There is, Kate thought to herself, nothing better than the calm beauty of space. As long as one is tethered to a place with air.
Her eyes traced the long white tube that lead from her space suit back to the little mining skiff she and Steve had borrowed for their mission to see the damage up close. Through a small port-hole on the side of the ship she could catch glimpses of Steve’s head bobbing around as he struggled with the skiff’s unfamiliar controls. Slowly, carefully, no quick movements in zero gravity, she turned away from the only source of light. Her eyes took a moment to re-adjust to the dim light of distant stars. Still seemed strange that the sun was just another star here at the edge of the solar system.
A dark shape, visible only by the way it blocked the stars, floated in front of her. No light came from the damaged side of the space station. The far side, the undamaged part, where people still lived, had plenty of light, none of which could be seen from her position.
Steve’s voice came over her com, “Aha! I think I found it.”
A burst of light temporarily blinded Kate, and even Steve, looking out through the port-hole, cursed at the unexpected brightness.
“What the hell? What’s it reflecting off of?” He asked.
“I’ll let you know in an hour or two when I can see again.” Kate said. wishing she could reach up a hand and wipe away the tears. She felt a brief swirling of air on her face, and the moisture evaporated. “Uh. That was cool.” she said.
“What?” Steve asked.
“This space suit is pretty sophisticated. I though the mining company was struggling.”
“So I heard, ah, wait, here we go.” The light became less painful. “Found an ‘intensity’ dial, ‘course it’s nowhere near the light switch.”
Kate blinked a few more times and finally saw the cause of the light’s reflection. What looked like some sort of crystal completely covered the damaged area.
It was, in its own way, beautiful.
“Steve, can you see this?” She asked, her voice almost a whisper.
“Yeah,” he answered, his own voice uncharacteristically breathy. “looks like shards of ice.”
“Impossible,” she said, “if there was a leak, it would have confined itself to a small area, not spread so evenly and completely. ”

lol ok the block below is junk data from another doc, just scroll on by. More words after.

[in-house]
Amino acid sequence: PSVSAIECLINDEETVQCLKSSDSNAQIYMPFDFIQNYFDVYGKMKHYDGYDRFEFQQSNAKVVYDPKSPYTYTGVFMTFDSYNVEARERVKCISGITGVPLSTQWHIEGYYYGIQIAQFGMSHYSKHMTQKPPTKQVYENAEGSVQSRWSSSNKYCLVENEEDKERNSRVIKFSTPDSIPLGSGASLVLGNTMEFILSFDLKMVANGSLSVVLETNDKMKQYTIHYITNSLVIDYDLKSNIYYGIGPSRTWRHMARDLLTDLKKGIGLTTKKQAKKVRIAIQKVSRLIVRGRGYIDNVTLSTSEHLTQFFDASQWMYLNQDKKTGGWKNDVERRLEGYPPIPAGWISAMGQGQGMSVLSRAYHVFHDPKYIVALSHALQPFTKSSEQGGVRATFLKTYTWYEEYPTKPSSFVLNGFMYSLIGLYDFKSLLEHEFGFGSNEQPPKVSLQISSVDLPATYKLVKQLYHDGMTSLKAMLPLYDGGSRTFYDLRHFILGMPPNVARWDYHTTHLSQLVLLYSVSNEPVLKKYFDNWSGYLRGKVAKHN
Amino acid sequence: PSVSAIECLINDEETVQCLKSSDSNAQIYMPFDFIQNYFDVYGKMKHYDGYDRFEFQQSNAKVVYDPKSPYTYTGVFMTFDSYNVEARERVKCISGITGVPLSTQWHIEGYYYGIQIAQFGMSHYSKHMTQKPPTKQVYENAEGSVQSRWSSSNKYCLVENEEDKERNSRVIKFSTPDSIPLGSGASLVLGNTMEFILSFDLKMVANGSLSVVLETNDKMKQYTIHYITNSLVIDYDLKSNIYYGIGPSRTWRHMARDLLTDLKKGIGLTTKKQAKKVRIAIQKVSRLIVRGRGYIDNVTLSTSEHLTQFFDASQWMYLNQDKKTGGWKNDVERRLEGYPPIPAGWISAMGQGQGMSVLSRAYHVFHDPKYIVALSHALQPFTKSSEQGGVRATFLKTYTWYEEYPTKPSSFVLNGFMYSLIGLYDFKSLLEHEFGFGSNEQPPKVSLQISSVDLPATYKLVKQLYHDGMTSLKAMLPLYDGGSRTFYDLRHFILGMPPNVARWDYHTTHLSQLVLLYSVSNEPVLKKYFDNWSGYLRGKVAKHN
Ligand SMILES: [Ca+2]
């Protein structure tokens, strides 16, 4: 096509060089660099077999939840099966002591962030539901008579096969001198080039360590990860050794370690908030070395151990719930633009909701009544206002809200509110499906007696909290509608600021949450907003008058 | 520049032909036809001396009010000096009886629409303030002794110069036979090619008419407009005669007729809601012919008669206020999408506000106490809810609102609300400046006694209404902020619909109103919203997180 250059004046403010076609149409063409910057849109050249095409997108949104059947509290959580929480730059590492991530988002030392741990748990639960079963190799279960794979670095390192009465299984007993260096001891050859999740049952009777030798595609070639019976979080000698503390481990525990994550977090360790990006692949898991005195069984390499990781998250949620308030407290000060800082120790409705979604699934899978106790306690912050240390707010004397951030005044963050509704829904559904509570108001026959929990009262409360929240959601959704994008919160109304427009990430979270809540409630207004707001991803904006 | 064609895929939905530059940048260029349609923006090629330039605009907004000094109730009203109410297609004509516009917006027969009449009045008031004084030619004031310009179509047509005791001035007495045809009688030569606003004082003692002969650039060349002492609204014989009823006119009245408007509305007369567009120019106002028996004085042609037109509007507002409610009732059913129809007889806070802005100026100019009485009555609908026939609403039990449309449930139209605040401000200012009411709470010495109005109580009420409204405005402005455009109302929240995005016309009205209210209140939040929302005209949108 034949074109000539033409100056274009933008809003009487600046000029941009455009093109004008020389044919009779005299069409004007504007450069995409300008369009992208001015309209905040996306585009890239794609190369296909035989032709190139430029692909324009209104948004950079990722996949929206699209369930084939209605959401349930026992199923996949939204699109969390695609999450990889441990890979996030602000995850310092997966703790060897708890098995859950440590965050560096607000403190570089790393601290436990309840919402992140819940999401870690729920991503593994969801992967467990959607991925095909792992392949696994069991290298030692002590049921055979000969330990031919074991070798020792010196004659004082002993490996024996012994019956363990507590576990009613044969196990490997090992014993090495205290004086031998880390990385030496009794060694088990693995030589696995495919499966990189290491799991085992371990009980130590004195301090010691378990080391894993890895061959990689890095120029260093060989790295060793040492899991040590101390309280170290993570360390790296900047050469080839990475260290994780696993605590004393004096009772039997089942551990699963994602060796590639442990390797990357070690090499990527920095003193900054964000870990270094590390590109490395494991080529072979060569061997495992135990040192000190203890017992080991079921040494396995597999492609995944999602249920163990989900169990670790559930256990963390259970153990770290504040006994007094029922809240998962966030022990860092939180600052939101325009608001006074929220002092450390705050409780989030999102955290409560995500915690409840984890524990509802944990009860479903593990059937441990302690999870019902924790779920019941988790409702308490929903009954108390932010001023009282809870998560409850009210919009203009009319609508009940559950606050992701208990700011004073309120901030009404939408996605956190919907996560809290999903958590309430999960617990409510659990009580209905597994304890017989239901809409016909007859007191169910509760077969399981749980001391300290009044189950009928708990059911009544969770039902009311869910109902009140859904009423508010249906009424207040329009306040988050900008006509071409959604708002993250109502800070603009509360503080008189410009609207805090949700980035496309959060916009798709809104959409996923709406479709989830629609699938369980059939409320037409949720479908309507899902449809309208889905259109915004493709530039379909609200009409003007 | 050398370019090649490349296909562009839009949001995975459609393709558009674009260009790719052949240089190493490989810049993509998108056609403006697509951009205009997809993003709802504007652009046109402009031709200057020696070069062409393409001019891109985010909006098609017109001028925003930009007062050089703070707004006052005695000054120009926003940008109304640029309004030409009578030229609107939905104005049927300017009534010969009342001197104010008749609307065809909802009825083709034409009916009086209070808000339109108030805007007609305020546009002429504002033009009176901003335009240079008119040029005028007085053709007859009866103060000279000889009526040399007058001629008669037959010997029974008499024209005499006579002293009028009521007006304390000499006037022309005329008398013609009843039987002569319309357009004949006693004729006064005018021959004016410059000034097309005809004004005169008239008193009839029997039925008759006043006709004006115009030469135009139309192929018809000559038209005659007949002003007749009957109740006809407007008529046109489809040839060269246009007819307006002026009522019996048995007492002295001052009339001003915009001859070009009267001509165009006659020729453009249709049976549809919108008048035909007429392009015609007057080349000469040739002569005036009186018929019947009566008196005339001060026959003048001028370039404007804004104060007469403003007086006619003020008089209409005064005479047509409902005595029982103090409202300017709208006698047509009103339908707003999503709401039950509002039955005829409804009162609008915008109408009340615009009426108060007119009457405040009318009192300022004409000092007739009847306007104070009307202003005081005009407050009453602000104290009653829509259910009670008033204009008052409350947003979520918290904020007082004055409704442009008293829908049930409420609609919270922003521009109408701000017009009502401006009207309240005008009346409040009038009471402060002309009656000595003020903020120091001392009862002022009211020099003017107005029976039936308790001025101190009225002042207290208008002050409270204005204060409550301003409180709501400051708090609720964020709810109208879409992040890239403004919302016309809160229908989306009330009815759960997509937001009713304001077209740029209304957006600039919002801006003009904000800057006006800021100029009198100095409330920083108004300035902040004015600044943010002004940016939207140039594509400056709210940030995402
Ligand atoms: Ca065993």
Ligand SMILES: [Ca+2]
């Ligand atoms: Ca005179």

“I wasn’t saying it was ice, I said it looked like ice.”
Kate heard the exasperation in his voice. She didn’t know why she was always so pointed with him.
“Sorry. Alright, I’m moving closer.”
She reached for the hand throttle, then stopped, recalling the conversation she’d had with her father.
“When you are out there, just give my ‘crack brained theory’ as you so lovingly termed it, a try.” He’d asked her, “I promise you won’t be disappointed.”
Kate held in a sigh and decided it couldn’t hurt. She took a deep breath and thought about moving. She thought about the jets on her backpack firing in the precise order and strength needed to start her moving gently forward. If what her father said was true, the hand throttle and the direction controls strapped to her boots were just props. A focus for the brain, but not actually involved in the working of the jet pack.
“You ok there, Kate?”
“Fine.” She grabbed the entirely functional hand throttle and moved forward.
A long time ago, her father was the star of her solar system. Everything she did revolved around obtaining his approval. But now, their positions seemed reversed. No longer was he the brilliant inventor the President called directly when he needed help. Her father was only a crazy old man whom people indulged out of respect for previous accomplishments. Now she was the one receiving the five AM call: we need you.